93. 93. Staging TNM • T1 – tumor completely encapsulated • T2 – tumor invades pericapsular connective tissue • T3 – tumor invades into neighboring structures, such as pericardium, mediastinal pleura, thoracic wall, great vessels and lung • T4 – tumor with pleural or pericardial dissemination • Currently no authorized TNM system for thymic epithelial or neuroendocrine tumors
  94. 94. Staging Modified Masaoka • Stage 1: intact capsule or growth within capsule • Stage 2a: microscopic invasion through capsule 2b: gross and microscopic invasion • Stage 3: invasion into surrounding structures • Stage 4a: pleural or pericardial dissemination 4b: lymphatic or hematogenous metastases
  95. 95. Thymoma and Thymic Carcinoma Diagnosis • Thymoma – Encapsulated – Invasive (term malignant thymoma is discourage) • Surgical pathology report – Correct diagnosis • Up to 20% in some studies incorrectly diagnosed – Assessment of surgical margins • Requires inking – Determination of invasiveness • Multiple sections through capsule
  96. 96. Thymoma and Thymic Carcinoma Diagnosis • Thymic carcinoma – Separation from metastatic carcinoma may be difficult • Lung, thyroid, breast, prostate are most common – May only be able to suggest or favor diagnosis • Clinical history and radiologic studies are essential
  97. 97. Thymoma and Thymic Carcinoma Diagnosis Tumor Thymic primary Lung or head/neck Squamous, basaloid, Lobular growth 70% Lobular growth rare lympho-epi ca Perivascular spaces 50% Perivascular spaces rare CD5 50% CD5 not expressed CD70 50% CD70 not expressed CD117 40-100% CD117 not expressed NE carcinoma TTF-1 absent TTF-1 frequent (lung)
  98. 98. Tumors of the Thymus and Mediastinum WHO Classification • Epithelial tumors • Germ cell tumors – 2003 WHO Classification of Germ Cell Tumors • Teratoma • Seminoma • Lymphomas and hematopoietic neoplasms • Mesenchymal tumors • Rare tumors • Metastasis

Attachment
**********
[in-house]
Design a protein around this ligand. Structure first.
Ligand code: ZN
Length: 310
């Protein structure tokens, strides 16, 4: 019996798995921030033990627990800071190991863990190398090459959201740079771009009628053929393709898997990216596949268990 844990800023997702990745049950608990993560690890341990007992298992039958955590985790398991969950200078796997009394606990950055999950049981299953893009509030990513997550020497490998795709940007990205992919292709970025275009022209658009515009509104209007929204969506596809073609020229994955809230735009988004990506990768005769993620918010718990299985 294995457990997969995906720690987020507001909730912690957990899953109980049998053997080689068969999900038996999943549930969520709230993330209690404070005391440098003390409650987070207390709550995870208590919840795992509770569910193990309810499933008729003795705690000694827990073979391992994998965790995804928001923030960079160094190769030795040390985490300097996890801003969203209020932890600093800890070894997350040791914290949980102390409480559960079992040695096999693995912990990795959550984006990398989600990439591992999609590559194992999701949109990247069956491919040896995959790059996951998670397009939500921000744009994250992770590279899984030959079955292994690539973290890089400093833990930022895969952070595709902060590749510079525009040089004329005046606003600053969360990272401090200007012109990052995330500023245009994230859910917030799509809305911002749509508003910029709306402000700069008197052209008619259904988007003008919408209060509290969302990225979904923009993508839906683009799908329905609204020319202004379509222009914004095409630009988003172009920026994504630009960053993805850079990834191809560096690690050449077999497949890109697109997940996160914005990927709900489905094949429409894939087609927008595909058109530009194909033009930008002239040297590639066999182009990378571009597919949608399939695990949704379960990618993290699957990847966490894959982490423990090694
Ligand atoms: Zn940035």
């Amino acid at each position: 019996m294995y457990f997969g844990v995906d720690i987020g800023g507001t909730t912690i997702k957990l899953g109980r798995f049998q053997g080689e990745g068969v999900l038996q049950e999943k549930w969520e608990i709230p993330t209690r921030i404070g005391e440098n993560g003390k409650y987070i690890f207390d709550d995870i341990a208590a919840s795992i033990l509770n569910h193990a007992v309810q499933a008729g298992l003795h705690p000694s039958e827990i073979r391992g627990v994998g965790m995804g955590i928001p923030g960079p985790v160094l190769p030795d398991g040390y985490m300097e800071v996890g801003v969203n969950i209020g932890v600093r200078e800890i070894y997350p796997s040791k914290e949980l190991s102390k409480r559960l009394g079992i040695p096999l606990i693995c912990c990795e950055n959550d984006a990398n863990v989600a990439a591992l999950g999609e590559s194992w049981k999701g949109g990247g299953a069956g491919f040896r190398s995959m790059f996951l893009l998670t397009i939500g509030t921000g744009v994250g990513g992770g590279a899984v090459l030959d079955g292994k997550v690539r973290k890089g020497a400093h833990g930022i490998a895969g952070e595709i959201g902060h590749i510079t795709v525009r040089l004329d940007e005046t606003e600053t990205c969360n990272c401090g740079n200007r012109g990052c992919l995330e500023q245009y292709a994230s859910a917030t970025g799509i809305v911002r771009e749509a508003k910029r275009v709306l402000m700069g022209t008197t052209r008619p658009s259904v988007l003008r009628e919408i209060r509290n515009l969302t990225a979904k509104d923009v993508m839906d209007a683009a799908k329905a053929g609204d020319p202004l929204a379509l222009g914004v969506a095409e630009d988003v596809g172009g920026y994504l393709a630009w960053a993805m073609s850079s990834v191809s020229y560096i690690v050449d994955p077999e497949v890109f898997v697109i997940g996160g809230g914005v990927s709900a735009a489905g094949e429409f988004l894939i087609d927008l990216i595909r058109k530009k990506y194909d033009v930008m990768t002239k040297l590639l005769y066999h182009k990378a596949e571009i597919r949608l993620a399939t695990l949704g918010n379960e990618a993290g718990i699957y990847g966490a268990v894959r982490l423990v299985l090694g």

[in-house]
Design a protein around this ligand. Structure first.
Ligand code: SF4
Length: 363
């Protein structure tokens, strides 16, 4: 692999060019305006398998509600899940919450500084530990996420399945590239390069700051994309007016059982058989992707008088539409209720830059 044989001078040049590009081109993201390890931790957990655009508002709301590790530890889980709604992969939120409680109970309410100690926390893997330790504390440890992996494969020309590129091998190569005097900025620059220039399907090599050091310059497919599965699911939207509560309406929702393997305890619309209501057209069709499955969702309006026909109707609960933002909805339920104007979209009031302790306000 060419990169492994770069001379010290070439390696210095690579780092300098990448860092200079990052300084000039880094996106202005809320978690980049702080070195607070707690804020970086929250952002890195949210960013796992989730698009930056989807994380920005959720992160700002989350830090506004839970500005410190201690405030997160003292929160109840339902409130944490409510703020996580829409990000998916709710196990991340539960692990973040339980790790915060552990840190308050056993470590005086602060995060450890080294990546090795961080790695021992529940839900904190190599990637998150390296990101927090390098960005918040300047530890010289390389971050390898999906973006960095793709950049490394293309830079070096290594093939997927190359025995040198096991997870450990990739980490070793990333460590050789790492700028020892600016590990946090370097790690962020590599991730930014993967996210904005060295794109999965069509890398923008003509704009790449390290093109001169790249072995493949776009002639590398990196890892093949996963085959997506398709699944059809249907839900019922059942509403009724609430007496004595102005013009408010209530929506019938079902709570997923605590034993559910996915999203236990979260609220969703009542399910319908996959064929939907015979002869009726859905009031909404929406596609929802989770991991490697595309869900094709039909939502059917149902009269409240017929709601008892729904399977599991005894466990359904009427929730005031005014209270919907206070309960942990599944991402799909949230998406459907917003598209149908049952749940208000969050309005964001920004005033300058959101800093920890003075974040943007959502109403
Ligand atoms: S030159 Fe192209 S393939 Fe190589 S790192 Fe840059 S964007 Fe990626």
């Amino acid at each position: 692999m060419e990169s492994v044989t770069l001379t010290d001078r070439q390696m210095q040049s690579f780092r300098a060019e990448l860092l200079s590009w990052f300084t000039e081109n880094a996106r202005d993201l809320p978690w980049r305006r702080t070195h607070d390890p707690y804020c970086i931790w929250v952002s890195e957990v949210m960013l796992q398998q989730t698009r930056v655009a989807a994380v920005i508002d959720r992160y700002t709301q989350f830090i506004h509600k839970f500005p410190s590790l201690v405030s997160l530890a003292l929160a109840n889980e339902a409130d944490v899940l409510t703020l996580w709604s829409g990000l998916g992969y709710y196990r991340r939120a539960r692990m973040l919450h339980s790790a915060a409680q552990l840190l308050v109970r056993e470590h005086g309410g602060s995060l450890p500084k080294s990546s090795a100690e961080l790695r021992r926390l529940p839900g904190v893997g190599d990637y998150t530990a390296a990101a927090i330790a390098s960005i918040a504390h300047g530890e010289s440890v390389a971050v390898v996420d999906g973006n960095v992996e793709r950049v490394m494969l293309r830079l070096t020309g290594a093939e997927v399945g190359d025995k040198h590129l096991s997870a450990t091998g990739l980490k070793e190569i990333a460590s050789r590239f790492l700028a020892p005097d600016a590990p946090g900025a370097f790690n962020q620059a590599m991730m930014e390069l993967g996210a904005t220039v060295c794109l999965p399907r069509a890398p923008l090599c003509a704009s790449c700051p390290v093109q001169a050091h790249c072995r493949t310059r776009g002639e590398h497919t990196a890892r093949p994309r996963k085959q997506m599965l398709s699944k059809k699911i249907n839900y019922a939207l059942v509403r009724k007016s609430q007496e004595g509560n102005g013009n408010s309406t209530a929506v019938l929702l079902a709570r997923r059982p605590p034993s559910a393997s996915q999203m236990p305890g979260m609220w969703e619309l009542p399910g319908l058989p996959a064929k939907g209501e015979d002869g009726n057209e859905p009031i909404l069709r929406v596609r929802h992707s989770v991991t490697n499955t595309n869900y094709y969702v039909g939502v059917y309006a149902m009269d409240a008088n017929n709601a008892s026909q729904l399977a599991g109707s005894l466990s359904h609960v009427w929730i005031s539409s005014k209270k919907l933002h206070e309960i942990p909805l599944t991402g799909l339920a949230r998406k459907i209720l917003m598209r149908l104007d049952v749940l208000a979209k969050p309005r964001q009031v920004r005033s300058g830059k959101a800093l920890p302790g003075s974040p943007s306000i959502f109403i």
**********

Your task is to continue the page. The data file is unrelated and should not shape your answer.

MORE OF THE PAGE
99. 99. Tumors of the Thymus and Mediastinum WHO Classification • Epithelial tumors • Germ cell tumors • Lymphomas and hematopoietic neoplasms – 2001 WHO Classification of Hematopoietic and Lymphoid Tumors • NS Classical HL • PMLB-CL • T-lymphoblastic leukemia/lymphoma • MALT lymphoma • Mesenchymal tumors • Rare tumors • Metastasis
  100. 100. Tumors of the Thymus and Mediastinum WHO Classification • Epithelial tumors • Germ cell tumors • Lymphomas and hematopoietic neoplasms • Mesenchymal tumors – 2000 WHO Classification of Nervous System • Schwannoma – 2002 WHO Classification of Soft Tissue and Bone • Thymolipoma • Rare tumors • Metastasis
  101. 101. Tumors of the Thymus and Mediastinum WHO Classification • Epithelial tumors • Germ cell tumors • Lymphomas and hematopoietic neoplasms • Mesenchymal tumors • Rare tumors – Ectopic tumors of the thymus • Ectopic thyroid tumors • Ectopic parathyroid tumors • Metastasis
  102. 102. Rare Tumors Ectopic tumors • Uncommon, benign or malignant • Anterior or posterior compartment • Thyroid – Extension from neck or ectopic tissue • Parathyroid – Found adjacent to or within thymus
  103. 103. Tumors of the Thymus and Mediastinum WHO Classification • Epithelial tumors • Germ cell tumors • Lymphomas and hematopoietic neoplasms • Mesenchymal tumors • Rare tumors • Metastasis – Thymus and anterior (middle) mediastinum • Lung, thyroid, breast, prostate are most common
  104. 104. Mediastinal Pathology Summary • Three compartments • Mediastinal lesions – 50% of lesions • Anterior compartment – Thymic lesions dominate – Organization by compartment
  105. 105. Mediastinum Lesions occurring in one compartment Anterior Middle Posterior Thymic lesions 30% 0% 0% Lymphomas 20% 21% 10% Germ cell tumors 18% 0% 0% Carcinoma 13% 7% 0% Cysts 7% 60% 24% Mesenchymal tumors 5% 9% 9% Endocrine tumors 5% 0% 2% Neurogenic tumors 0% 0% 53% Miscellaneous 2% 3% 2%
  106. 106. Mediastinum Lesions occurring in two compartments Anterior Middle Posterior Thymic lesions 30% 0% 0% Lymphomas 20% 21% 10% Germ cell tumors 18% 0% 0% Carcinoma 13% 7% 0% Cysts 7% 60% 24% Mesenchymal tumors 5% 9% 9% Endocrine tumors 5% 0% 2% Neurogenic tumors 0% 0% 53% Miscellaneous 2% 3% 2%
  107. 107. Mediastinum Lesions occurring in all compartments Anterior Middle Posterior Thymic lesions 30% 0% 0% Lymphomas 20% 21% 10% Germ cell tumors 18% 0% 0% Carcinoma 13% 7% 0% Cysts 7% 60% 24% Mesenchymal tumors 5% 9% 9% Endocrine tumors 5% 0% 2% Neurogenic tumors 0% 0% 53% Miscellaneous 2% 3% 2%
  108. 108. Mediastinum Most common lesion Anterior Middle Posterior Thymic lesions 30% 0% 0% Lymphomas 20% 21% 10% Germ cell tumors 18% 0% 0% Carcinoma 13% 7% 0% Cysts 7% 60% 24% Mesenchymal tumors 5% 9% 9% Endocrine tumors 5% 0% 2% Neurogenic tumors 0% 0% 53% Miscellaneous 2% 3% 2%